Ask, and the Bus shall answer

DETROIT -- It took 51 minutes.

It took 51 of the media's precious 59 minutes with Jerome Bettis on Tuesday to get to the core of why the world has its sights set on the city of Detroit this week.

Until then, you might have thought the whole world is watching because Bettis likes to bowl. Or because he listened to Motown music as a kid. Or maybe even because Windsor, Ontario, which isn't too far from where Bettis grew up, features all-nude strip clubs.

So nearly 65 questions into Bettis' hour-long media day session, when a reporter finally got to the point and asked a hard-core football question, you could almost hear the gasp of surprise.

Reporter: "Jerome, what do you think is the key to the game this weekend?"

Bettis: "To not let them score. If they don't score, they don't win."

Welcome to the Bus' life as the official card-carrying media darling of Super Bowl XL, a football game. Bettis, if you've been living under a rock, was born in Detroit, is likely to retire after Sunday's game and can't believe he's playing in the biggest game of his career in his hometown. On Tuesday, at the official media circus side show, the 13-year NFL veteran drew the biggest throng of reporters, most of them packing the heat of tape recorders, notebooks, television cameras or boom mikes.

Of the roughly 75 questions he answered over the course of an hour, only one was about the Seattle Seahawks.

Only one was about the key to the game.

Only one was about Ben Roethlisberger.

And only one was about Willie Parker.

The rest were as far away from the football field as possible. Like Bettis' childhood love for bowling, which was asked 10 times. Or his memories of the inner-city Detroit neighborhood in which he grew up, asked six times. Or whether the outcome of the game will affect his decision to retire, asked three times. Or what his feelings were when his teammates showed up at the airport on Monday wearing Notre Dame Jerome Bettis jerseys, asked twice.

By contrast, four of the first five questions put to Seattle running back Shaun Alexander during the Seahawks' media session were football-related.

The seventh question put to Alexander was about -- what else? -- Jerome Bettis.

"I respect anyone who has played as long as he has," Alexander said. "It's an honor to play with anyone considered one of the best. He's one of the great, great giants of our game."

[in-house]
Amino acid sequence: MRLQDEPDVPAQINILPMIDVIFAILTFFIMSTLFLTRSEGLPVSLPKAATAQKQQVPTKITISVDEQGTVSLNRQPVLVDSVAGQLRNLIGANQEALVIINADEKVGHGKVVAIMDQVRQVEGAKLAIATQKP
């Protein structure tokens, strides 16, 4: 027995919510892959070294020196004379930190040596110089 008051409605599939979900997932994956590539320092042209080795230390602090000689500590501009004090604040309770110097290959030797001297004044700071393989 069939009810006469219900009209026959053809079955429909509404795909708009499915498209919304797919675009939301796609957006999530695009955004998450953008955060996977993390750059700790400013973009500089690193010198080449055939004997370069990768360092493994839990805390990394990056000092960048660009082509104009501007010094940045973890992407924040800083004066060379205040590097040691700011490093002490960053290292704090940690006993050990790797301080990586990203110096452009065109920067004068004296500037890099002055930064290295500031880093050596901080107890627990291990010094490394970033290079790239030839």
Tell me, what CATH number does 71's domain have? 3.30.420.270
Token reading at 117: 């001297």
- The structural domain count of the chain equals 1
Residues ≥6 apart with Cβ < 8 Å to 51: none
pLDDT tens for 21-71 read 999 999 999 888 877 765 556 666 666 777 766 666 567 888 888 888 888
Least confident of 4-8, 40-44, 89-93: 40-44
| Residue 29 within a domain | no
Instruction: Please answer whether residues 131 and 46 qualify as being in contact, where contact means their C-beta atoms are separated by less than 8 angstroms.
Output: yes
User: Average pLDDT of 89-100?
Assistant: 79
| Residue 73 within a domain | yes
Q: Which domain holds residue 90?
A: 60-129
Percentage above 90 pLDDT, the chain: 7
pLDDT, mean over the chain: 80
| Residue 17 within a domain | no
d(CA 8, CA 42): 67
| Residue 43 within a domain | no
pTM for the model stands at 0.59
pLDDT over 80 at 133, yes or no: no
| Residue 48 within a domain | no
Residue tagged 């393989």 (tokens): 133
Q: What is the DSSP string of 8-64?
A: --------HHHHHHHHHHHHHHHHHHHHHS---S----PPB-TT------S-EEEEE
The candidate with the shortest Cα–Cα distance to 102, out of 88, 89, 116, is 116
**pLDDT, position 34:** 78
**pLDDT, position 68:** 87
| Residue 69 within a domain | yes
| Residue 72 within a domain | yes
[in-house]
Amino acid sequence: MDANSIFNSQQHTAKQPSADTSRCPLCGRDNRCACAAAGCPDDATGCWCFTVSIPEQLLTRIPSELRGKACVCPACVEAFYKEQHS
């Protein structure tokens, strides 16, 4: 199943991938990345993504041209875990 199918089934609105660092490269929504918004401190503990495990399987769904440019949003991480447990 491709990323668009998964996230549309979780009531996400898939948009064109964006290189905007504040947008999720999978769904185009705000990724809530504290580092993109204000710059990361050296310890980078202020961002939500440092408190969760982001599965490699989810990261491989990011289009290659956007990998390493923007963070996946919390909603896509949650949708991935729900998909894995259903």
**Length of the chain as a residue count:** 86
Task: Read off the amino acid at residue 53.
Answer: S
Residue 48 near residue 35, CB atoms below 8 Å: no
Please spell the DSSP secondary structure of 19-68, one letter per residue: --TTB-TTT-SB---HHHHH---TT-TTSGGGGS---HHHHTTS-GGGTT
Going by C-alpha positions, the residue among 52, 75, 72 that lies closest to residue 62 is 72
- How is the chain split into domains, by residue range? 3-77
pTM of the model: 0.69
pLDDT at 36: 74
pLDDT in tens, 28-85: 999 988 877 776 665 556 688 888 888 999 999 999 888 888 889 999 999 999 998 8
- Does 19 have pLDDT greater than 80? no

As for Bettis, maybe the most pertinent question came just a few minutes into the session, when somebody asked if all the attention is too much attention.

"I don't really think so," Bettis said. "The game is in my hometown; it's a compelling story. If anything, this takes some of the pressure and the focus off of my teammates."

Apparently, his teammates agree.

"He's helping us out by sitting down there and answering all that nonsense," Parker said.

Nonsense like a query for a recommendation for a strip club in Windsor. Number of questions to Bettis about that? Same as the number of questions about the Seahawks' defense.

"I was underage when I lived here," Bettis said. "But I'm sure one of your colleagues can help you."

Nonsense like a request to explain what happened when he was "Punk'd" on the MTV show of the same name.

"They got me," he said.

Nonsense like a question about the jerry curl he wore as a freshman at Detroit's Henry Ford High.

"I don't remember that," Bettis said with a grin. "I don't know what you're talking about."

It was only the beginning. Other inquiring-minds-want-to-know, please-tell-the-truth queries for Bettis included:

Do you have a personal assistant? (Yes.)

What's your Mom cooking for the team dinner? (Don't know.)

What type of music did you listen to growing up? (Motown.)

Do you worry that your pregame speech could be too emotional for the team? (No.)

The highlight? Maybe when a reporter entered the fray mid-session and -- tongue firmly planted in cheek -- said, "Jerome, I hear you're from Detroit. Is that true?"

Bettis, fully locked into robotic, answer-what-they-ask mode, actually responded with a "Yes." And then explained -- yet again -- what an honor it will be to play the biggest game of his career in his hometown.

It amounted to a whole lot of talk, without the muss and fuss of football. Which Bettis didn't seem to mind at all.

"I'm enjoying this part," he said. "For a long time, I've wanted to be here. Maybe [for] some of the younger guys, this would be a hassle; but for me, it's a blessing. This is something I've waited all my life to do -- to sit at this podium and talk to you guys."

Wayne Drehs is a staff writer for ESPN.com.